Book 2

Incipit prohemium Secundi Libri

1. Out of these blake wawes for to sayle,
O wind, O wind, the weder ginneth clere;
For in this see the boot hath swich travayle,
Of my conning that unnethe I it stere:
This see clepe I the tempestous matere 5
Of desespeyr that Troilus was inne:
But now of hope the calendes biginne.

2. O lady myn, that called art Cleo,
Thou be my speed fro this forth, and my muse,
To ryme wel this book, til I have do; 10
Me nedeth here noon other art to use.
For-why to every lovere I me excuse,
That of no sentement I this endyte,
But out of Latin in my tonge it wryte.

3. Wherfore I nil have neither thank ne blame 15
Of al this werk, but pray yow mekely,
Disblameth me, if any word be lame,
For as myn auctor seyde, so seye I.
Eek though I speke of love unfelingly,
No wonder is, for it no-thing of newe is; 20
A blind man can nat juggen wel in hewis.

4. Ye knowe eek, that in forme of speche is chaunge
With-inne a thousand yeer, and wordes tho
That hadden prys, now wonder nyce and straunge
Us thinketh hem; and yet they spake hem so, 25
And spedde as wel in love as men now do;
Eek for to winne love in sondry ages,
In sondry londes, sondry been usages.

5. And for-thy if it happe in any wyse,
That here be any lovere in this place 30
That herkeneth, as the story wol devyse,
How Troilus com to his lady grace,
And thenketh, so nolde I nat love purchace,
Or wondreth on his speche and his doinge,
I noot; but it is me no wonderinge; 35

6. For every wight which that to Rome went,
Halt nat o path, or alwey o manere;
Eek in som lond were al the gamen shent,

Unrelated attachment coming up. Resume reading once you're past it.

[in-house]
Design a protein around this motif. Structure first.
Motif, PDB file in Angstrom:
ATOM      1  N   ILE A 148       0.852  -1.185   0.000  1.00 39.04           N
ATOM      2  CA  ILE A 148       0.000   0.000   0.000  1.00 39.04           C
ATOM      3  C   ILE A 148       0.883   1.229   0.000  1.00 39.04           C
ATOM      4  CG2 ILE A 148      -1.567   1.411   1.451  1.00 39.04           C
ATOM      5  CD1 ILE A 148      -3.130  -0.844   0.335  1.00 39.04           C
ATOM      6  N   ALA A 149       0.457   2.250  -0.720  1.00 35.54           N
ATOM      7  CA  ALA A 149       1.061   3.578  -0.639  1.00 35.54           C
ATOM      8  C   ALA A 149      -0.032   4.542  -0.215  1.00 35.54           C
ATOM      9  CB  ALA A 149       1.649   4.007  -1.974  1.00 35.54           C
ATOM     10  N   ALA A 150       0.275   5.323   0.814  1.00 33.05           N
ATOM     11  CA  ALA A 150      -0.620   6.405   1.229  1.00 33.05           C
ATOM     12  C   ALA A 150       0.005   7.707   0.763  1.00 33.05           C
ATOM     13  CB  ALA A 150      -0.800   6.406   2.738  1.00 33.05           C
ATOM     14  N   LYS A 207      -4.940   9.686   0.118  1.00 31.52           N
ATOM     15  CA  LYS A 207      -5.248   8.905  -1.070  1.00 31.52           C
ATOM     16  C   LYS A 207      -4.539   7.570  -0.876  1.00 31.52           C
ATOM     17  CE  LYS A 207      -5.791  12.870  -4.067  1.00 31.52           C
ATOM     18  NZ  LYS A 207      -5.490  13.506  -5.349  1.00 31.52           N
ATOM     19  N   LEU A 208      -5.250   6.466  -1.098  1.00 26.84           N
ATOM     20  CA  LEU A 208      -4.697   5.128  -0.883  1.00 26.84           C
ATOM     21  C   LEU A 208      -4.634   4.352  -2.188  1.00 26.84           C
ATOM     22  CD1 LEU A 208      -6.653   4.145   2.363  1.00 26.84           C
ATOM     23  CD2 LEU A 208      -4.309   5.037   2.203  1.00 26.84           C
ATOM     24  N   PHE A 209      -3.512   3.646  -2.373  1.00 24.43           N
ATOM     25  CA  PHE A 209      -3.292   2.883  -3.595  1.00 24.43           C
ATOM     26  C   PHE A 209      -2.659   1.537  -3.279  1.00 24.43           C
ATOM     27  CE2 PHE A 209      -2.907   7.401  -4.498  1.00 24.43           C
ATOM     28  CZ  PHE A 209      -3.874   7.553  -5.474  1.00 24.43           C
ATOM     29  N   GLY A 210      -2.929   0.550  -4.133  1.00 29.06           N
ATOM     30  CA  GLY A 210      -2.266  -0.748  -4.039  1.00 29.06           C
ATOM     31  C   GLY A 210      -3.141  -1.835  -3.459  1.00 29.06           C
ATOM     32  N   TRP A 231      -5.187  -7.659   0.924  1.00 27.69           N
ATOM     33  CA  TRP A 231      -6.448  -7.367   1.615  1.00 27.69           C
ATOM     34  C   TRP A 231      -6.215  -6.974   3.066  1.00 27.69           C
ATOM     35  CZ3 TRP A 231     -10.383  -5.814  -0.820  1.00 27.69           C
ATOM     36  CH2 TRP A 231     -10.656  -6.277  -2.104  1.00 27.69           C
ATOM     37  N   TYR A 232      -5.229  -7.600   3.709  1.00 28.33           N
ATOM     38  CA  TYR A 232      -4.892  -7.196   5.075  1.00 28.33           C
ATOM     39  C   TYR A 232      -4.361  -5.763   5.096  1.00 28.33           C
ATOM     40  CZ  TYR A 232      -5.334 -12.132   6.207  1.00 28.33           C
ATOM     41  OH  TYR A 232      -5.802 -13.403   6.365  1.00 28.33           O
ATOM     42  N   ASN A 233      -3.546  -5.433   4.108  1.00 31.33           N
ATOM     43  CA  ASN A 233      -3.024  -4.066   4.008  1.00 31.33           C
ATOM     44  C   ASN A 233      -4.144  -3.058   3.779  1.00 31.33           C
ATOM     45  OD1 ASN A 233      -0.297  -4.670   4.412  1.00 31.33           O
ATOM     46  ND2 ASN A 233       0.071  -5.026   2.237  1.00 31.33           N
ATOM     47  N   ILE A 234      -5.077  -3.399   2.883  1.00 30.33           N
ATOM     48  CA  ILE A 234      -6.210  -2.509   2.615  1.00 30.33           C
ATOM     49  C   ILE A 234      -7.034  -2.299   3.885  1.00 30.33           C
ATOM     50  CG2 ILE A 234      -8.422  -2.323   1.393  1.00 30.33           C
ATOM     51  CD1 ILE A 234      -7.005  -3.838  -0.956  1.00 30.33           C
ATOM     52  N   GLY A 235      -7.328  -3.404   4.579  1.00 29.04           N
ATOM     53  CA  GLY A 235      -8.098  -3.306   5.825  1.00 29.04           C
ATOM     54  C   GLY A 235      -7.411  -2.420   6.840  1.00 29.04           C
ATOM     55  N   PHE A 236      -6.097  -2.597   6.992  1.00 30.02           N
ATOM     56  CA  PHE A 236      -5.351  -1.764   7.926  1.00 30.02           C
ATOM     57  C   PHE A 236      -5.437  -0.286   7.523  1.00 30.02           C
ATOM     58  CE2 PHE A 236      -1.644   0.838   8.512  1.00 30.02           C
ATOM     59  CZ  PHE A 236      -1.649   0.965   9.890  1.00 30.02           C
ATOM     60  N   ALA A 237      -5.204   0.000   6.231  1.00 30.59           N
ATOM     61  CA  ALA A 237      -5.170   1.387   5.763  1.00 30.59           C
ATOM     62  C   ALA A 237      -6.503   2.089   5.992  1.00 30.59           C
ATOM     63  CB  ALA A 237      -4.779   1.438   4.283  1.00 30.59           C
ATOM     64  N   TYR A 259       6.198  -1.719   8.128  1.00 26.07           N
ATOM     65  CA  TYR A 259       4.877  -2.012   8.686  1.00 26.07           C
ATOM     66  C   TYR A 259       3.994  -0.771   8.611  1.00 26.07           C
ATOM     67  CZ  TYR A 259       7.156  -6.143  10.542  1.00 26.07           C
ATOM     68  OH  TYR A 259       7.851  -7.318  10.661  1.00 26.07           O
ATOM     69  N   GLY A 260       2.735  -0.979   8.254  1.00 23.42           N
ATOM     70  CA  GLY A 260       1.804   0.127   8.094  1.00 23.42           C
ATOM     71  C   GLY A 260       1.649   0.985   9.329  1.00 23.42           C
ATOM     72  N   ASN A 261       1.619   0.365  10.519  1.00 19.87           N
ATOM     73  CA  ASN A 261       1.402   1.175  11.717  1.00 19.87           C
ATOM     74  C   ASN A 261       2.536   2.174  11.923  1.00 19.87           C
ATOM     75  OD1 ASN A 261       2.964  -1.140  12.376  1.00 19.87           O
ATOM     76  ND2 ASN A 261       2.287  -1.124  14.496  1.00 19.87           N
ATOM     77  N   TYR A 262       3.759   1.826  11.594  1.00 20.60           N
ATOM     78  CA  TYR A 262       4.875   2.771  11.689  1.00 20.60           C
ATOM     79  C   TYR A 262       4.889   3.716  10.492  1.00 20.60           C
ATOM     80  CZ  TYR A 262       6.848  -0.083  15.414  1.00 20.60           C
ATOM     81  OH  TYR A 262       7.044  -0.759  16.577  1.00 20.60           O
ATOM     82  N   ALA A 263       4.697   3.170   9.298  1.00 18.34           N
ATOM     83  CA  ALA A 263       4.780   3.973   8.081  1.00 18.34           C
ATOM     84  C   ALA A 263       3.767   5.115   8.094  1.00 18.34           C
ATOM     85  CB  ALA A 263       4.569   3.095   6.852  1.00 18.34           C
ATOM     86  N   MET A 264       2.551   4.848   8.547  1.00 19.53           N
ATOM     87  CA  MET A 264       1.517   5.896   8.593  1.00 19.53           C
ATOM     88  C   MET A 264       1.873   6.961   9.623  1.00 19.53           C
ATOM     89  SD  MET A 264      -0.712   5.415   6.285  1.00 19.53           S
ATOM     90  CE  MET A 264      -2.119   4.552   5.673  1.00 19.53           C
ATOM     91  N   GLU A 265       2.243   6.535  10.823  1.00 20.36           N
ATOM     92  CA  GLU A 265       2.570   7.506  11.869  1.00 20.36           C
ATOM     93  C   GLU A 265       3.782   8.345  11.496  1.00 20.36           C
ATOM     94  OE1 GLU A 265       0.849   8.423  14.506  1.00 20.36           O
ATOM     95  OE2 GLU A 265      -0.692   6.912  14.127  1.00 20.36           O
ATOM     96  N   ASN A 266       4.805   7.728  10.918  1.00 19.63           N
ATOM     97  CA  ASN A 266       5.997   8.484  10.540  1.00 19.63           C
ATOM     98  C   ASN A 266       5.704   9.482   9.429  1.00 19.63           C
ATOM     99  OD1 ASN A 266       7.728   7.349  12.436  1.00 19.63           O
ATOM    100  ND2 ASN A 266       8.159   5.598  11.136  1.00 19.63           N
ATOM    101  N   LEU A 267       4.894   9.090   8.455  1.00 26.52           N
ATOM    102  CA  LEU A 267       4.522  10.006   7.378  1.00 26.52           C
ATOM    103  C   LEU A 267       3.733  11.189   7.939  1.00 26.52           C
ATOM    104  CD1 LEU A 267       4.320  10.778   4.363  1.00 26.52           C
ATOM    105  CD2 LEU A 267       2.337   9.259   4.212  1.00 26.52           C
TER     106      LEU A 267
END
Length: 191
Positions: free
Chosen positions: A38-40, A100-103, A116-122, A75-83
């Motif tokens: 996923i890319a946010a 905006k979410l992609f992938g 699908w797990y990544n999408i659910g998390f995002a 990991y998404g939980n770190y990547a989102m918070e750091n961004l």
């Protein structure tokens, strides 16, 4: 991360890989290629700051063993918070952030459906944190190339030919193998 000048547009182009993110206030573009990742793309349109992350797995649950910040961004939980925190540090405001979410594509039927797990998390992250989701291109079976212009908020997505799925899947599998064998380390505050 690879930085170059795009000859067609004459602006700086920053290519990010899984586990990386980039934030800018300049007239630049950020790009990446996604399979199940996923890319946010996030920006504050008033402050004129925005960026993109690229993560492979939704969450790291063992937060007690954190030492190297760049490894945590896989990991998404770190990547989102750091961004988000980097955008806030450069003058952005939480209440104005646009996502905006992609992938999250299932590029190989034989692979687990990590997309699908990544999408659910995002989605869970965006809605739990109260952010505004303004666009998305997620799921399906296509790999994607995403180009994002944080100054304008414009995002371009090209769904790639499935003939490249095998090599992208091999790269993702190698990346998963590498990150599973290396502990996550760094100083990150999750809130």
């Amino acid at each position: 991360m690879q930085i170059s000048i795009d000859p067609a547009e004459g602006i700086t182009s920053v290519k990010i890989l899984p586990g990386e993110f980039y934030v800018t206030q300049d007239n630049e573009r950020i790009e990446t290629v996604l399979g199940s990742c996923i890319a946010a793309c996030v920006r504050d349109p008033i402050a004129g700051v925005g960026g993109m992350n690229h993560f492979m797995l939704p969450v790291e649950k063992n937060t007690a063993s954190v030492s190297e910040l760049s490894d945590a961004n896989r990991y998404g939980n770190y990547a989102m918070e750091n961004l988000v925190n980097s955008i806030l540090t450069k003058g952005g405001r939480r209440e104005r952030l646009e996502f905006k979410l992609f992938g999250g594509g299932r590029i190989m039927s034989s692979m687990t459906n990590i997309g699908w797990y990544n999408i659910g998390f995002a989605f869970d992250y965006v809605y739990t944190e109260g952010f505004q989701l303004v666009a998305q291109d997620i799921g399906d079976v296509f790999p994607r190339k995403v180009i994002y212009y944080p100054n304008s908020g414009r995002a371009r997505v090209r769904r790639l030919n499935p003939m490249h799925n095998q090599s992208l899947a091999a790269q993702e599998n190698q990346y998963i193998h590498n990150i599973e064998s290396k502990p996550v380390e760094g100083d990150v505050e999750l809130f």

If that they ferde in love as men don here,
As thus, in open doing or in chere, 40
In visitinge, in forme, or seyde hir sawes;
For-thy men seyn, ech contree hath his lawes.

7. Eek scarsly been ther in this place three
That han in love seyd lyk and doon in al;
For to thy purpos this may lyken thee, 45
And thee right nought, yet al is seyd or shal;
Eek som men grave in tree, som in stoon wal,
As it bitit; but sin I have begonne,
Myn auctor shal I folwen, if I conne.

Explicit prohemium Secundi Libri

Incipit Liber Secundus

8. In May, that moder is of monthes glade,
That fresshe floures, blewe, and whyte, and rede, 51
Ben quike agayn, that winter dede made,
And ful of bawme is fletinge every mede;
Whan Phebus doth his brighte bemes sprede
Right in the whyte Bole, it so bitidde 55
As I shal singe, on Mayes day the thridde,

9. That Pandarus, for al his wyse speche,
Felte eek his part of loves shottes kene,
That, coude he never so wel of loving preche,
It made his hewe a-day ful ofte grene; 60
So shoop it, that him fil that day a tene
In love, for which in wo to bedde he wente,
And made, er it was day, ful many a wente.

10. The swalwe Proignè, with a sorwfullay,
Whan morwe com, gan make hir weymentinge, 65
Why she forshapen was; and ever lay
Pandare a-bedde, half in a slomeringe,
Til she so neigh him made hir chiteringe
How Tereus gan forth hir suster take,
That with the noyse of hir he gan a-wake;

11. And gan to calle, and dresse him up to ryse, 71
Remembringe him his erand was to done
From Troilus, and eek his greet empryse;
And caste and knew in good plyt was the mone
To doon viage, and took his wey ful sone
Un-to his neces paleys ther bi-syde; 76
Now Janus, god of entree, thou him gyde!

12. Whan he was come un-to his neces place,
‘Wher is my lady?’ to hir folk seyde he;
And they him tolde; and he forth in gan pace, 80
And fond, two othere ladyes sete and she
With-inne a paved parlour; and they three
Herden a mayden reden hem the geste
Of the Sege of Thebes, whyl hem leste. 84

13. Quod Pandarus, ‘madame, god yow see,
With al your book and al the companye!’
‘Ey, uncle myn, welcome y-wis,’ quod she,
And up she roos, and by the hond in hye
She took him faste, and seyde, ‘this

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